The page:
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Anti-realism About Science

  • Kevin McCain
Chapter
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Part of the Springer Undergraduate Texts in Philosophy book series (SUTP)

Abstract

This chapter discusses one of the major debates in philosophy of science related to scientific knowledge, the debate between realists and anti-realists. Realists maintain that our best-confirmed scientific theories are true (or at least approximately true), but anti-realists think we should only accept that our best-confirmed scientific theories are useful in some sense without committing to their truth, approximate or otherwise. Some of the major arguments on both sides of this debate are evaluated in this chapter, though special attention is paid to the so-called “miracle argument” for scientific realism. Throughout the chapter a realist stance, which allows for genuine scientific knowledge, is defended. Ultimately, the chapter concludes that while anti-realist arguments are important and worth taking seriously, they do not pose an insurmountable threat to a realist conception of science. Such a conception holds that in the case of our best-confirmed theories the truth of those theories best explains their success, which gives us justification for believing that they are true.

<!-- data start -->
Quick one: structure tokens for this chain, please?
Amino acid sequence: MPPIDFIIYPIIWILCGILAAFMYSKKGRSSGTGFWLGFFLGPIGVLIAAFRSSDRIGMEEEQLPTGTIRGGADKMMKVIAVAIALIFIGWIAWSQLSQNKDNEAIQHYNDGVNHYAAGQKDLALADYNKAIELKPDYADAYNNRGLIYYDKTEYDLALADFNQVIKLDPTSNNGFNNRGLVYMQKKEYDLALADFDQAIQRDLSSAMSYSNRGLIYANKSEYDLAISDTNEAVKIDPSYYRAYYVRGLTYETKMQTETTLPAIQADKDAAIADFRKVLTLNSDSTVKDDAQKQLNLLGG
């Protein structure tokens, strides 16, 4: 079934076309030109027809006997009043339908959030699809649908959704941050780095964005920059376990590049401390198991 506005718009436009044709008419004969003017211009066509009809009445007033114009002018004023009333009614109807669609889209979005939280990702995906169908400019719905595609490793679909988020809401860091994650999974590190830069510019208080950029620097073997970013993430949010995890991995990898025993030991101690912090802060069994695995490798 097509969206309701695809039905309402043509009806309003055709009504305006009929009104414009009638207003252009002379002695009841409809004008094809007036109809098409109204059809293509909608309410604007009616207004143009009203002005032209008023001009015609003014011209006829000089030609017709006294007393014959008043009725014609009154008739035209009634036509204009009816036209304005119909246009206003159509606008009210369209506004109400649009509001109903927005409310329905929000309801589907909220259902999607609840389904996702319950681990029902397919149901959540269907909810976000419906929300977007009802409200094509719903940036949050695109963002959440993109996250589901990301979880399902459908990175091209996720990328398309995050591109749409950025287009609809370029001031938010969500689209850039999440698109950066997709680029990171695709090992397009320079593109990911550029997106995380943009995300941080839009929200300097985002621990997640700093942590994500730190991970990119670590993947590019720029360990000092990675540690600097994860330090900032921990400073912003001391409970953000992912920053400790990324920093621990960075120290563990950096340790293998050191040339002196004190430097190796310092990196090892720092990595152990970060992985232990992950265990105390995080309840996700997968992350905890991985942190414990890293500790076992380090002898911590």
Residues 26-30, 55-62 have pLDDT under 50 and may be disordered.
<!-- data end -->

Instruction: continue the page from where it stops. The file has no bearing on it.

Keywords

Good Explanation Scientific Theory Equivalent Theory Scientific Realism Empirical Success 
These keywords were added by machine and not by the authors. This process is experimental and the keywords may be updated as the learning algorithm improves.

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Copyright information

© Springer International Publishing Switzerland 2016

Authors and Affiliations

  • Kevin McCain
    • 1
  1. 1.Department of PhilosophyUniversity of Alabama at BirminghamBirminghamUSA

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